A Quebec resident who was mauled by a polar bear while travelling in northern Manitoba has been hit with $13,000 in medical bills because the attack happened while she was travelling outside her home province.
Erin Greene says she was attacked by a polar bear in Churchill, Man., on Nov. 1, 2013. She was airlifted to the Winnipeg Health Science Centre for emergency treatment.
"Since she is a Montrealer who was living and seasonally working in Manitoba, she is not covered for medical transportation cost. This includes the three ground ambulance rides, as well as the air ambulance," reads a synopsis posted to an online fundraising campaign intended to help raise $12,500 to help cover the expenses.
As of Tuesday, that crowdfunding effort had raised $2,800, still leaving her with more than $10,000 in unpaid expenses.
Being attacked by a polar bear would be a singularly terrifying experience. Even if you are in one of the few places in the world where polar bears are known to frequently cross paths with humans, it is not an experience a person can prepare for.
Also terrifying, however, would be receiving a $13,000 medical bill you thought was covered by Canadian health care. Were you aware some things are not covered while you are travelling outside your home province? Greene was not.
"I was a Canadian citizen and in my own country, so I didn't actually think I was going to be paying anything," Greene told CBC News.
The majority of Greene's expense - nearly $12,000 - stems from the cost of running the air ambulance, while the remainder comes from ground ambulance service. All of her in-hospital care was covered.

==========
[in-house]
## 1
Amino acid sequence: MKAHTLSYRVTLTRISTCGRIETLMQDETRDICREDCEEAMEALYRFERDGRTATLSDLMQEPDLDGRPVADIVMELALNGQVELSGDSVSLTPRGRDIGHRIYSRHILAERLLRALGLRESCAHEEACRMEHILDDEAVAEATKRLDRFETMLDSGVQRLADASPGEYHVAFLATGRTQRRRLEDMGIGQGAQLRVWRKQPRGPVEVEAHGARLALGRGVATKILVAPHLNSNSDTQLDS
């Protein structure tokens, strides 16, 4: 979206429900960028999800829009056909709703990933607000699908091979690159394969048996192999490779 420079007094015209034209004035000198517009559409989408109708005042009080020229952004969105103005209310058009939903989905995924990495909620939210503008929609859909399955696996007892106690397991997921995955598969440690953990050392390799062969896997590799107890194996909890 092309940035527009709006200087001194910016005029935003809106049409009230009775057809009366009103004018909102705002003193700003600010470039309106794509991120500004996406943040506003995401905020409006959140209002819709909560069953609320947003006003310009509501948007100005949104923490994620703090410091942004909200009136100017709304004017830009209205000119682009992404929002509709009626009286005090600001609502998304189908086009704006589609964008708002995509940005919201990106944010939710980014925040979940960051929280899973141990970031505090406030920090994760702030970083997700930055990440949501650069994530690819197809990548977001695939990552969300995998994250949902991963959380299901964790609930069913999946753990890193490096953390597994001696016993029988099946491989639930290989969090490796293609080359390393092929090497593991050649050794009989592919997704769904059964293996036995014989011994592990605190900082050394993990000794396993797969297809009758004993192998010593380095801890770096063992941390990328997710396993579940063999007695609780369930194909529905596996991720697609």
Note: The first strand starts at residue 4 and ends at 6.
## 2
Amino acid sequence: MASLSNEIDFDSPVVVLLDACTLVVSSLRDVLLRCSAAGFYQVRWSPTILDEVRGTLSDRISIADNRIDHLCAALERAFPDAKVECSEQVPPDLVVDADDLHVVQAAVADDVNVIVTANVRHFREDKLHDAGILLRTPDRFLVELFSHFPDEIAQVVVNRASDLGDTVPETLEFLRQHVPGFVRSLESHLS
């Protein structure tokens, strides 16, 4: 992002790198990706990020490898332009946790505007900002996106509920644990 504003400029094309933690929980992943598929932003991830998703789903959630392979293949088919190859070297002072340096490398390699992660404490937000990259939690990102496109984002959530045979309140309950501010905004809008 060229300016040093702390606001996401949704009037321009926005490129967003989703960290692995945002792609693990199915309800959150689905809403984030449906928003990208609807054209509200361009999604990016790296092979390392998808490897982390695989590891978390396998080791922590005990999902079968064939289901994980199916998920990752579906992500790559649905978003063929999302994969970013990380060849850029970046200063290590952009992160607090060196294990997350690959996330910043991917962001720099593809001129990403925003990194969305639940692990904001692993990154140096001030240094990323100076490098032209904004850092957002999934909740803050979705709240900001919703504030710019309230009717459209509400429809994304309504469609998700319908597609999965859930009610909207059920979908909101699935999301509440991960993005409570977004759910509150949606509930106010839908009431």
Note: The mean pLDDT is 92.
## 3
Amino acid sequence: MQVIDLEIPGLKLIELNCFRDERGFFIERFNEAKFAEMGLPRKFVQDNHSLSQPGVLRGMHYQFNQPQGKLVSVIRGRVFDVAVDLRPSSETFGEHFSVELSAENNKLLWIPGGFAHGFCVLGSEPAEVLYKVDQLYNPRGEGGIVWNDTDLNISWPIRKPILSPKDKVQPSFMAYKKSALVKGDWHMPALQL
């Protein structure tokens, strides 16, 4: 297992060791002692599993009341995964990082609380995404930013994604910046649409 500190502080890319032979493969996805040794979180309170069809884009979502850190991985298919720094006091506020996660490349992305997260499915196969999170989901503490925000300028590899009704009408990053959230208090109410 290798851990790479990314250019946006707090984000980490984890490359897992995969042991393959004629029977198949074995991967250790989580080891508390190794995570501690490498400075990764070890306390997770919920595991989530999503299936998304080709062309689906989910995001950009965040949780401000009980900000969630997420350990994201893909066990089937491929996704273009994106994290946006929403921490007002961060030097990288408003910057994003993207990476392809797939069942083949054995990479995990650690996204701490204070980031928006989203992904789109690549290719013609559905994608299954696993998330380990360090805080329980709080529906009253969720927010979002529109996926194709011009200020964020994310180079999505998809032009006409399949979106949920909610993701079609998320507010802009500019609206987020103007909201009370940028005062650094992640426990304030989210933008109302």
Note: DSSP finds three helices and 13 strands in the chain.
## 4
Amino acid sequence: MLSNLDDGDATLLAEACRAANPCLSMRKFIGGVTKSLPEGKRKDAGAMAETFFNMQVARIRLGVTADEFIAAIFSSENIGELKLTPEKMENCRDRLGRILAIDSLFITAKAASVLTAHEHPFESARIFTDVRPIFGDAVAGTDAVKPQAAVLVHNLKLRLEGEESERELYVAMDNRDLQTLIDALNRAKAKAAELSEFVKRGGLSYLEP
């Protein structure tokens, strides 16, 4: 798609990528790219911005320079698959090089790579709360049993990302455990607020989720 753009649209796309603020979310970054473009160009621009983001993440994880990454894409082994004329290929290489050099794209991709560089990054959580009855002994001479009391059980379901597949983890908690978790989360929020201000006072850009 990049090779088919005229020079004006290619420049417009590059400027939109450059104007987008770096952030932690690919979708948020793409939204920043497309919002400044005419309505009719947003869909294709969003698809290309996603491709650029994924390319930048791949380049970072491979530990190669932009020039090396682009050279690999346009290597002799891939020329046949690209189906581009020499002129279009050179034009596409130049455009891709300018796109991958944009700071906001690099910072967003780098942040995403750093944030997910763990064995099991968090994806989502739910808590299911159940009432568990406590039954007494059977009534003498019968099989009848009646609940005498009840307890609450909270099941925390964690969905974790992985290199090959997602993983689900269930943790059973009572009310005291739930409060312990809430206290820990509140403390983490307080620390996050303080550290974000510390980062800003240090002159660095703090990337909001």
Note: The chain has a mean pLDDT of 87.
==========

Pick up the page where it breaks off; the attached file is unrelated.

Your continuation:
But air ambulances are not covered federal health care services; instead, specific provinces cover the expense for their residents.
Here is how Health Canada explains the provincial role in health care:
Health care services include insured primary health care (such as the services of physicians and other health professionals) and care in hospitals, which account for the majority of provincial and territorial health expenditures.
The provinces and territories also provide some groups with supplementary health benefits not covered by the Act, such as prescription drug coverage. The level and scope of coverage for supplementary benefits varies between jurisdictions.
In most cases, billing agreements between provinces mean most "supplementary benefits" are covered while out of province, although Quebec is a notable exemption from some agreements. Still, not everything is covered by these cross-border deals.
In Manitoba, for example, residents who have been physically present in the province for 183 days would be covered for emergency air transportation. If a resident requires the same service while out of the province, however, the cost is not covered.
It seems Greene may have stumbled upon a very specific gap in coverage. So the lesson is, if you are going to be mauled by a polar bear, plan to have it happen closer to home.
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